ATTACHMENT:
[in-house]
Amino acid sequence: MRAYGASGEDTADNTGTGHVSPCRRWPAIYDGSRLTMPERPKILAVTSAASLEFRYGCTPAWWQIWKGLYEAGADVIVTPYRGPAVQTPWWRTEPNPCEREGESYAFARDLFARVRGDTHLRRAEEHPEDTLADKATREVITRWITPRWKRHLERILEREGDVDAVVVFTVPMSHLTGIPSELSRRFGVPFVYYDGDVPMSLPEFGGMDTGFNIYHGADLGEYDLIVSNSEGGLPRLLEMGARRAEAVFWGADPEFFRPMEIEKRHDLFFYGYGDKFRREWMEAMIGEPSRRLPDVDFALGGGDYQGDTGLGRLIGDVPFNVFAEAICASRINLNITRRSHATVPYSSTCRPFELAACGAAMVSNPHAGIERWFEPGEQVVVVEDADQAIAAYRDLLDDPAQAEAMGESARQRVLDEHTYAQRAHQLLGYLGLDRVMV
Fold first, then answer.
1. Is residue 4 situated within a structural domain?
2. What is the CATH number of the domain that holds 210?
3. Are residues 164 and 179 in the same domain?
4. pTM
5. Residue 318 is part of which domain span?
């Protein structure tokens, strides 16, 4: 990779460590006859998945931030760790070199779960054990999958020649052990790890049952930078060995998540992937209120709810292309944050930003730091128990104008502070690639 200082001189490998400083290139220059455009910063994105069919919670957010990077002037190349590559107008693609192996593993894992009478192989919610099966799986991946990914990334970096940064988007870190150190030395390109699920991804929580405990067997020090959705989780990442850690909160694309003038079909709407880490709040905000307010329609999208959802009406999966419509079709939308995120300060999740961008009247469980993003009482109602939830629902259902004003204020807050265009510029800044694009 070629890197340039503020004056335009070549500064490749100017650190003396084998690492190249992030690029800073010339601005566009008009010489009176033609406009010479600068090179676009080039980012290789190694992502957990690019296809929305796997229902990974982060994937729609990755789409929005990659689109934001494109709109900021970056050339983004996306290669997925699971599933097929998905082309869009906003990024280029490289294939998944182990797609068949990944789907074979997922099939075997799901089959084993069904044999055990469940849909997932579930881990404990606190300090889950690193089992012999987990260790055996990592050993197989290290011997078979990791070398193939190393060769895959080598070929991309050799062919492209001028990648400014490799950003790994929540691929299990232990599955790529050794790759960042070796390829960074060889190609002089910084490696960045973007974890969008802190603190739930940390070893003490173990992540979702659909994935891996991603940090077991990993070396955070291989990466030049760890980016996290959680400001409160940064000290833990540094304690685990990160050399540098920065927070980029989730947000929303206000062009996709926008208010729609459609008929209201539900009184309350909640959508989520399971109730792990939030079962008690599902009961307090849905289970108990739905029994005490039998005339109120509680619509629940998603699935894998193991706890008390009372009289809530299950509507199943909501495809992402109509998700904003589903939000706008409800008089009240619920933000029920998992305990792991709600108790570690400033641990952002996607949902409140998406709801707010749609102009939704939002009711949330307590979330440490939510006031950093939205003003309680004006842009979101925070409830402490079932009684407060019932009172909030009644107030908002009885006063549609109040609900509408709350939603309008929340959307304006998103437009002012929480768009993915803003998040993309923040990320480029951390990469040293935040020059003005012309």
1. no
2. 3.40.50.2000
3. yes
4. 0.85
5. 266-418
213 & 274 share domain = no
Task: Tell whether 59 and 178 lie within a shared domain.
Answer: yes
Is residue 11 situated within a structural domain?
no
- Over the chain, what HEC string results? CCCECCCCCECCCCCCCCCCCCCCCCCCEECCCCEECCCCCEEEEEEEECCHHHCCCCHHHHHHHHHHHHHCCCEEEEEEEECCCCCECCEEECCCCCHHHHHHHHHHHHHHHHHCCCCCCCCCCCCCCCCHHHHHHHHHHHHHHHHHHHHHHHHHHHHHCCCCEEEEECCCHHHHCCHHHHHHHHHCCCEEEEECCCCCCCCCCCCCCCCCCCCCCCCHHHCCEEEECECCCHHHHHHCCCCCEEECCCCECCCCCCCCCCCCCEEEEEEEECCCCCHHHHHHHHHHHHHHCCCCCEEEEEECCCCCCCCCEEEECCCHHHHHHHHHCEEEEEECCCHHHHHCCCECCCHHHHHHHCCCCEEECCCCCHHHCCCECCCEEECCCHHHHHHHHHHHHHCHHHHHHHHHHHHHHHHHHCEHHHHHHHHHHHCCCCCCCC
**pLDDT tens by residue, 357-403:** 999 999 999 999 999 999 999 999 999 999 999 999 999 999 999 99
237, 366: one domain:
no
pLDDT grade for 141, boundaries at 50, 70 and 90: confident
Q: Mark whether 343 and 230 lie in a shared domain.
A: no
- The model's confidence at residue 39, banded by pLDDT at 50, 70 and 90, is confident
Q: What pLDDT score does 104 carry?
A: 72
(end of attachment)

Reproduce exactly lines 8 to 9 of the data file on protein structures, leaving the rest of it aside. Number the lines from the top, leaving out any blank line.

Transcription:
5. Residue 318 is part of which domain span?
């Protein structure tokens, strides 16, 4: 990779460590006859998945931030760790070199779960054990999958020649052990790890049952930078060995998540992937209120709810292309944050930003730091128990104008502070690639 200082001189490998400083290139220059455009910063994105069919919670957010990077002037190349590559107008693609192996593993894992009478192989919610099966799986991946990914990334970096940064988007870190150190030395390109699920991804929580405990067997020090959705989780990442850690909160694309003038079909709407880490709040905000307010329609999208959802009406999966419509079709939308995120300060999740961008009247469980993003009482109602939830629902259902004003204020807050265009510029800044694009 070629890197340039503020004056335009070549500064490749100017650190003396084998690492190249992030690029800073010339601005566009008009010489009176033609406009010479600068090179676009080039980012290789190694992502957990690019296809929305796997229902990974982060994937729609990755789409929005990659689109934001494109709109900021970056050339983004996306290669997925699971599933097929998905082309869009906003990024280029490289294939998944182990797609068949990944789907074979997922099939075997799901089959084993069904044999055990469940849909997932579930881990404990606190300090889950690193089992012999987990260790055996990592050993197989290290011997078979990791070398193939190393060769895959080598070929991309050799062919492209001028990648400014490799950003790994929540691929299990232990599955790529050794790759960042070796390829960074060889190609002089910084490696960045973007974890969008802190603190739930940390070893003490173990992540979702659909994935891996991603940090077991990993070396955070291989990466030049760890980016996290959680400001409160940064000290833990540094304690685990990160050399540098920065927070980029989730947000929303206000062009996709926008208010729609459609008929209201539900009184309350909640959508989520399971109730792990939030079962008690599902009961307090849905289970108990739905029994005490039998005339109120509680619509629940998603699935894998193991706890008390009372009289809530299950509507199943909501495809992402109509998700904003589903939000706008409800008089009240619920933000029920998992305990792991709600108790570690400033641990952002996607949902409140998406709801707010749609102009939704939002009711949330307590979330440490939510006031950093939205003003309680004006842009979101925070409830402490079932009684407060019932009172909030009644107030908002009885006063549609109040609900509408709350939603309008929340959307304006998103437009002012929480768009993915803003998040993309923040990320480029951390990469040293935040020059003005012309």